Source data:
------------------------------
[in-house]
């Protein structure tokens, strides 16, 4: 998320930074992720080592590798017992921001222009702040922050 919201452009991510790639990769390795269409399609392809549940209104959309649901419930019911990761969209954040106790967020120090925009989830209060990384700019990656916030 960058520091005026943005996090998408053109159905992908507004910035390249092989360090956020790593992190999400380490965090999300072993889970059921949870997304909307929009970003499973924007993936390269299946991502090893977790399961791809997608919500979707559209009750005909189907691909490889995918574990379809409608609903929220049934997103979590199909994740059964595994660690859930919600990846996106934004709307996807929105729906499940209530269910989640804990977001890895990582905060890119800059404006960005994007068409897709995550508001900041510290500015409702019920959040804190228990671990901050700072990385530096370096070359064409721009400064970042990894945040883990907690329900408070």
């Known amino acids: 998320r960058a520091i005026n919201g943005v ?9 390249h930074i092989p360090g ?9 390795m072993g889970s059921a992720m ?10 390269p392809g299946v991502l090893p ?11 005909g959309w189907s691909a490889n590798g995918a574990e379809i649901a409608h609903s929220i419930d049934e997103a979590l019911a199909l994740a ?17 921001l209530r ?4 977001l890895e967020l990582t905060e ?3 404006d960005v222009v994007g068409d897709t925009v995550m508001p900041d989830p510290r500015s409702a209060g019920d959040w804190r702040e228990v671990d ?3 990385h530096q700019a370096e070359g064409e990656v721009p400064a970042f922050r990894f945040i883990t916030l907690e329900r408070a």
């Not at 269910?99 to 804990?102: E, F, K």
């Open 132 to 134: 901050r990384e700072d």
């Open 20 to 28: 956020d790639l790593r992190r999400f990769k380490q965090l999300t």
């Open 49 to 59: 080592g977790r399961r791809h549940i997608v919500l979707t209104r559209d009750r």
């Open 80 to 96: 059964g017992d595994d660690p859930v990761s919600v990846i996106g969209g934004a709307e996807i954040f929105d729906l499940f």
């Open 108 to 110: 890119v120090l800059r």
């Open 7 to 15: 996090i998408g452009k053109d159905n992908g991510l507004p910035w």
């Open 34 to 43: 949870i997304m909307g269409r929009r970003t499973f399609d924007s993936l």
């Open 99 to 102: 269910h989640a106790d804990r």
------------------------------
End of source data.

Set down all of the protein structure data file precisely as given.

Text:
[in-house]
């Protein structure tokens, strides 16, 4: 998320930074992720080592590798017992921001222009702040922050 919201452009991510790639990769390795269409399609392809549940209104959309649901419930019911990761969209954040106790967020120090925009989830209060990384700019990656916030 960058520091005026943005996090998408053109159905992908507004910035390249092989360090956020790593992190999400380490965090999300072993889970059921949870997304909307929009970003499973924007993936390269299946991502090893977790399961791809997608919500979707559209009750005909189907691909490889995918574990379809409608609903929220049934997103979590199909994740059964595994660690859930919600990846996106934004709307996807929105729906499940209530269910989640804990977001890895990582905060890119800059404006960005994007068409897709995550508001900041510290500015409702019920959040804190228990671990901050700072990385530096370096070359064409721009400064970042990894945040883990907690329900408070």
């Known amino acids: 998320r960058a520091i005026n919201g943005v ?9 390249h930074i092989p360090g ?9 390795m072993g889970s059921a992720m ?10 390269p392809g299946v991502l090893p ?11 005909g959309w189907s691909a490889n590798g995918a574990e379809i649901a409608h609903s929220i419930d049934e997103a979590l019911a199909l994740a ?17 921001l209530r ?4 977001l890895e967020l990582t905060e ?3 404006d960005v222009v994007g068409d897709t925009v995550m508001p900041d989830p510290r500015s409702a209060g019920d959040w804190r702040e228990v671990d ?3 990385h530096q700019a370096e070359g064409e990656v721009p400064a970042f922050r990894f945040i883990t916030l907690e329900r408070a």
């Not at 269910?99 to 804990?102: E, F, K």
């Open 132 to 134: 901050r990384e700072d």
């Open 20 to 28: 956020d790639l790593r992190r999400f990769k380490q965090l999300t």
């Open 49 to 59: 080592g977790r399961r791809h549940i997608v919500l979707t209104r559209d009750r």
């Open 80 to 96: 059964g017992d595994d660690p859930v990761s919600v990846i996106g969209g934004a709307e996807i954040f929105d729906l499940f």
């Open 108 to 110: 890119v120090l800059r």
């Open 7 to 15: 996090i998408g452009k053109d159905n992908g991510l507004p910035w």
């Open 34 to 43: 949870i997304m909307g269409r929009r970003t499973f399609d924007s993936l």
């Open 99 to 102: 269910h989640a106790d804990r």